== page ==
#35 Comment By Hector On February 6, 2012 @ 6:59 pm

Re: hector, but the reasoning is the same, or at least similar. He’s not facing the threat of AIDS by practicing safe sex, or even being in a committed monogamous relationship with testing. He’s totally abstaining for longer than most teens in a course would ever do so if they planned to marry.

Yeah again, the difference is he’s presenting this as one legitimate choice among others, not as the only legitimate choice. I don’t see where Tim Gunn is calling for _every_ gay person to be celibate.

#36 Comment By J On February 6, 2012 @ 7:21 pm

The hardest part of celibacy appears to be not to talk about it.

#37 Comment By John M. On February 6, 2012 @ 11:22 pm

“Throughout most of history, most men who felt gay inclinations managed their sexuality much the way Gunn does. Their lifespans were average, and they made remarkable contributions to the larger culture. Then the sexual revolution happened, and and they were told that their predecessors hadn’t been ‘true to themselves.’”

And many of us lived half lives full of lies, self-hatred, shame, addictions, suicide, etc. Sorry, but if the sexual revolution led to some more truth and less suicide, I’ll be happy to trade in my supposed “remarkable contributions to the larger culture.” Even so, I feel like my contribution to the culture is greater than if I had to live a lie my whole life.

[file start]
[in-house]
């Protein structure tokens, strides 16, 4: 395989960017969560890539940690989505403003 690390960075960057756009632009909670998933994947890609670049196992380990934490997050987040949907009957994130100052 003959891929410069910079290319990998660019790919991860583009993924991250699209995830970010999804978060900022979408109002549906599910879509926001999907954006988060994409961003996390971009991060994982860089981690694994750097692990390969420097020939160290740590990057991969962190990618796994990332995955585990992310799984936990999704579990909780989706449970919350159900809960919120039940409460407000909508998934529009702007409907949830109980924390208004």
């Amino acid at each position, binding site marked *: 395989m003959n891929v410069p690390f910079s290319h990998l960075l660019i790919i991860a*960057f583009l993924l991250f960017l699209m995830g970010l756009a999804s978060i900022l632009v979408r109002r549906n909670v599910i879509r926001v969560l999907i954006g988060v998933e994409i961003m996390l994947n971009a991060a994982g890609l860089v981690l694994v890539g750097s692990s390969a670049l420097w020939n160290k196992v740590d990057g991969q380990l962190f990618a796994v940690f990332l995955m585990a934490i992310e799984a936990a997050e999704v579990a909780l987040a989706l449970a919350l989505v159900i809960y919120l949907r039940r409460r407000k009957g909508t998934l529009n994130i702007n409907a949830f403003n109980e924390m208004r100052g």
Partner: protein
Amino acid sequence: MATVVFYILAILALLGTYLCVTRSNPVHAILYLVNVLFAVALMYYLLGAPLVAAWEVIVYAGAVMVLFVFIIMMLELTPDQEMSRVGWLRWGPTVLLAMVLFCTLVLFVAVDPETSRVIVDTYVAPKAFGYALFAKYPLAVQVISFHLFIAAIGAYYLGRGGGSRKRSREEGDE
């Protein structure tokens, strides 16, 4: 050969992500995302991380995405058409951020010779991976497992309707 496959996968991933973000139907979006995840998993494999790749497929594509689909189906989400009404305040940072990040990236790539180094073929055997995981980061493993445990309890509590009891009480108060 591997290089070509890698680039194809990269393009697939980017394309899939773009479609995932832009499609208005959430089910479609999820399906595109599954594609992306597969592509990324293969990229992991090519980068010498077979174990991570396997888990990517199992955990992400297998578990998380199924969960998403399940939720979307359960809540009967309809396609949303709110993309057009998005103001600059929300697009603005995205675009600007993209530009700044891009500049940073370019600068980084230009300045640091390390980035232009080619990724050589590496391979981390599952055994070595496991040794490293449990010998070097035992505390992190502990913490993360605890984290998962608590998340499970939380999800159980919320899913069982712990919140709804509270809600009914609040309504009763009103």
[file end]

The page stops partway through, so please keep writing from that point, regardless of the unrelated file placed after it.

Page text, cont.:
#38 Comment By Francis Beckwith On February 6, 2012 @ 11:44 pm

Money quote from the article:

“Now that we have that caveat out of the way, Beverly Hills sexuality expert Dr. Jennifer R. Berman told The Times that Gunn’s 29-year, self-imposed dry spell was “not a natural state.””

Apparently, there is a natural law by which we can assess the correct self-regarding exercise of our sexual powers after all. Who knew?

#39 Comment By Rosa Maria Sarducci On September 2, 2013 @ 5:55 pm

I applaud Mr. Gunn’s honesty. It’s his choice, isn’t it, to have or not have sex.